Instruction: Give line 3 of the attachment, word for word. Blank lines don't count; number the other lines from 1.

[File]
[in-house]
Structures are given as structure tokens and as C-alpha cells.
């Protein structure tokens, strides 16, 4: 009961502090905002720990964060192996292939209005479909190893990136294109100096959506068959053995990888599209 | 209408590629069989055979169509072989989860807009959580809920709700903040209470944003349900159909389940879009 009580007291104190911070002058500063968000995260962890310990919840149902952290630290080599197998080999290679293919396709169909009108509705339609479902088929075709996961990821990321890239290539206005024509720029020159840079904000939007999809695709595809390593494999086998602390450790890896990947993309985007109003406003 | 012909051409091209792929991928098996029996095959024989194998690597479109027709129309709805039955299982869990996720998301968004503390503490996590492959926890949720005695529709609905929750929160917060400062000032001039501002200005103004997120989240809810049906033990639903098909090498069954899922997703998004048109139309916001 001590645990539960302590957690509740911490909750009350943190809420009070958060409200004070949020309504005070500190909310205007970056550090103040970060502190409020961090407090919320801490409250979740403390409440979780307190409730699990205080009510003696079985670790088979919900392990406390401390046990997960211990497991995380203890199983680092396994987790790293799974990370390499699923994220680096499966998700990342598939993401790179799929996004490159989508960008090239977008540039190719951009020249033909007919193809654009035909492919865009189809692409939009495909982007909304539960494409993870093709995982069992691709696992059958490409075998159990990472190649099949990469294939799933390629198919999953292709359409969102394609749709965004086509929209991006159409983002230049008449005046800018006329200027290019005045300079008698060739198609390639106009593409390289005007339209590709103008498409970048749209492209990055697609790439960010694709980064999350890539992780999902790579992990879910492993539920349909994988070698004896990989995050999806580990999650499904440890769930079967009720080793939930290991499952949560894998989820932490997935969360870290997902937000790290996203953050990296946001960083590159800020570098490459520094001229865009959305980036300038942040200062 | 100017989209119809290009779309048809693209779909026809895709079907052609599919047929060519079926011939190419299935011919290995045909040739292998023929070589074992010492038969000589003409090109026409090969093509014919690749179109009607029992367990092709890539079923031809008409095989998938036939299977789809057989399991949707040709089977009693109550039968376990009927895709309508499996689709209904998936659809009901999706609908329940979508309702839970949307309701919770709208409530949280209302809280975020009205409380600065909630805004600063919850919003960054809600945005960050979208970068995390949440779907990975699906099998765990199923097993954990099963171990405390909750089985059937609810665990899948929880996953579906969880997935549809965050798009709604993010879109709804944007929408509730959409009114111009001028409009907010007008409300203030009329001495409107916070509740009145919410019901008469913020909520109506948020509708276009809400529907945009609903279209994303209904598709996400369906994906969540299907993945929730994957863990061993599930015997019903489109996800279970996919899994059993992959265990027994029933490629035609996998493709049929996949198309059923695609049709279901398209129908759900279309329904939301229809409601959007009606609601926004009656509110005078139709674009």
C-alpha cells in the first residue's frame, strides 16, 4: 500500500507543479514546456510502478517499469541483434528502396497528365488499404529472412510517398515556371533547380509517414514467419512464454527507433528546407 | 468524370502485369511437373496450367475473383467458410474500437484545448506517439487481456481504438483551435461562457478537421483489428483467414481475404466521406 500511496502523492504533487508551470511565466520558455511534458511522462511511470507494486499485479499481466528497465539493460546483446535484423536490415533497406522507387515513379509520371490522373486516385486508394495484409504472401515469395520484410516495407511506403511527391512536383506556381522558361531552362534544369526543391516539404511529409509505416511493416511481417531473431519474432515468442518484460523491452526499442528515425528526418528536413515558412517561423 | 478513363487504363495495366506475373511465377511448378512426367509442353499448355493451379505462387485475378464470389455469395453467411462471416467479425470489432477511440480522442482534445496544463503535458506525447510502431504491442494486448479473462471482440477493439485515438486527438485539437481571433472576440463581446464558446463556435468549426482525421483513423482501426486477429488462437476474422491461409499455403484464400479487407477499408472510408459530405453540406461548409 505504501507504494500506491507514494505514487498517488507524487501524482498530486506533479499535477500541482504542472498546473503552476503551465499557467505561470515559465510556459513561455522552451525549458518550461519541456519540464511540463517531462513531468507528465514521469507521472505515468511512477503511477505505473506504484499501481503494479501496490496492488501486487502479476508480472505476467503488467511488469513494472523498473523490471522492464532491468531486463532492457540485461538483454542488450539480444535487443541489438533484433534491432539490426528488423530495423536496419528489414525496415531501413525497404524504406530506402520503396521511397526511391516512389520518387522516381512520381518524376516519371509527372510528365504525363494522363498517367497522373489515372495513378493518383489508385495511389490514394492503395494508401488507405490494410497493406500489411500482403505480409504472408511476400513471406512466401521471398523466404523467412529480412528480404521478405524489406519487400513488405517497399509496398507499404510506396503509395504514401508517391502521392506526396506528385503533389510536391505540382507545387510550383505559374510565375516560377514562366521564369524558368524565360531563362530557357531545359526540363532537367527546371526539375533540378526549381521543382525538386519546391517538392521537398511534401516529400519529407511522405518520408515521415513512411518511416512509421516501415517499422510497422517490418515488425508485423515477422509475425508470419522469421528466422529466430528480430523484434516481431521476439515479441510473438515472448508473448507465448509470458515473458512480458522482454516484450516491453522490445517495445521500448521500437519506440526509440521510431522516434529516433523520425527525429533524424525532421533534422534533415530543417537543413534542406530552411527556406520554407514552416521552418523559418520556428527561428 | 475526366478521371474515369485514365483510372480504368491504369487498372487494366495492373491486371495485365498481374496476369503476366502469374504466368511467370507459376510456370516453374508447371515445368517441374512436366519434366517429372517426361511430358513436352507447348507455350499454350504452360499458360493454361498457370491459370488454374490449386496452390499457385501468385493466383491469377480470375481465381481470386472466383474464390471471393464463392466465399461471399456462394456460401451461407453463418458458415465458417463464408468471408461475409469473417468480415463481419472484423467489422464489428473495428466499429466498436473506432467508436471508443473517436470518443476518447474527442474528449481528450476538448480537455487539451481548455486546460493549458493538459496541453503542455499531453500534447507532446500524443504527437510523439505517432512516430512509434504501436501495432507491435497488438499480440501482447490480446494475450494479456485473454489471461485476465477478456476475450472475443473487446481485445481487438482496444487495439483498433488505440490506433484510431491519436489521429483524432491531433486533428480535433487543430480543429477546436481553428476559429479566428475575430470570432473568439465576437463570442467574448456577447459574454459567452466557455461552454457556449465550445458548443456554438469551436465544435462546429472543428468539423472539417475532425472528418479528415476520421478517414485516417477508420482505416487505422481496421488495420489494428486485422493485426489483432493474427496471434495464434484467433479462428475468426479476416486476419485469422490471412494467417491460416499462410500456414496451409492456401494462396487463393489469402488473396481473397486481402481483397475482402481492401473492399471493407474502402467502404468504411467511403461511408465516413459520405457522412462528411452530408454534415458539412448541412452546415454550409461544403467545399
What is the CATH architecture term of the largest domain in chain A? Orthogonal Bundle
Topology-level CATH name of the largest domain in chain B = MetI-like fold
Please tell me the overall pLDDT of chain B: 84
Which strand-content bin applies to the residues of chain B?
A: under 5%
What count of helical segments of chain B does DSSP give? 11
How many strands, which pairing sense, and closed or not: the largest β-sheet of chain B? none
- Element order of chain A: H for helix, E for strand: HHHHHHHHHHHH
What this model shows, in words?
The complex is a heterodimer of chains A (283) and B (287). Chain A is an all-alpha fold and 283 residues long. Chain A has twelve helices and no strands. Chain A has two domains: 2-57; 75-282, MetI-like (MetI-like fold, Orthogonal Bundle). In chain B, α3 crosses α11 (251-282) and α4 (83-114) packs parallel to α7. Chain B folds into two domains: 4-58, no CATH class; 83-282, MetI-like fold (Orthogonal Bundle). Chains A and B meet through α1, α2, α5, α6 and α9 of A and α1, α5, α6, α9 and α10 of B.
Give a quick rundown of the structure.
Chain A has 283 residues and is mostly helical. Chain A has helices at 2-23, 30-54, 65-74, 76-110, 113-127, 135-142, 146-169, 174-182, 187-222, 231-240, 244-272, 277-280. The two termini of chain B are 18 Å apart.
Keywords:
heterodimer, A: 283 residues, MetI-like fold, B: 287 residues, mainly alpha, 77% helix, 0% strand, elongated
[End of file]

């Protein structure tokens, strides 16, 4: 009961502090905002720990964060192996292939209005479909190893990136294109100096959506068959053995990888599209 | 209408590629069989055979169509072989989860807009959580809920709700903040209470944003349900159909389940879009 009580007291104190911070002058500063968000995260962890310990919840149902952290630290080599197998080999290679293919396709169909009108509705339609479902088929075709996961990821990321890239290539206005024509720029020159840079904000939007999809695709595809390593494999086998602390450790890896990947993309985007109003406003 | 012909051409091209792929991928098996029996095959024989194998690597479109027709129309709805039955299982869990996720998301968004503390503490996590492959926890949720005695529709609905929750929160917060400062000032001039501002200005103004997120989240809810049906033990639903098909090498069954899922997703998004048109139309916001 001590645990539960302590957690509740911490909750009350943190809420009070958060409200004070949020309504005070500190909310205007970056550090103040970060502190409020961090407090919320801490409250979740403390409440979780307190409730699990205080009510003696079985670790088979919900392990406390401390046990997960211990497991995380203890199983680092396994987790790293799974990370390499699923994220680096499966998700990342598939993401790179799929996004490159989508960008090239977008540039190719951009020249033909007919193809654009035909492919865009189809692409939009495909982007909304539960494409993870093709995982069992691709696992059958490409075998159990990472190649099949990469294939799933390629198919999953292709359409969102394609749709965004086509929209991006159409983002230049008449005046800018006329200027290019005045300079008698060739198609390639106009593409390289005007339209590709103008498409970048749209492209990055697609790439960010694709980064999350890539992780999902790579992990879910492993539920349909994988070698004896990989995050999806580990999650499904440890769930079967009720080793939930290991499952949560894998989820932490997935969360870290997902937000790290996203953050990296946001960083590159800020570098490459520094001229865009959305980036300038942040200062 | 100017989209119809290009779309048809693209779909026809895709079907052609599919047929060519079926011939190419299935011919290995045909040739292998023929070589074992010492038969000589003409090109026409090969093509014919690749179109009607029992367990092709890539079923031809008409095989998938036939299977789809057989399991949707040709089977009693109550039968376990009927895709309508499996689709209904998936659809009901999706609908329940979508309702839970949307309701919770709208409530949280209302809280975020009205409380600065909630805004600063919850919003960054809600945005960050979208970068995390949440779907990975699906099998765990199923097993954990099963171990405390909750089985059937609810665990899948929880996953579906969880997935549809965050798009709604993010879109709804944007929408509730959409009114111009001028409009907010007008409300203030009329001495409107916070509740009145919410019901008469913020909520109506948020509708276009809400529907945009609903279209994303209904598709996400369906994906969540299907993945929730994957863990061993599930015997019903489109996800279970996919899994059993992959265990027994029933490629035609996998493709049929996949198309059923695609049709279901398209129908759900279309329904939301229809409601959007009606609601926004009656509110005078139709674009």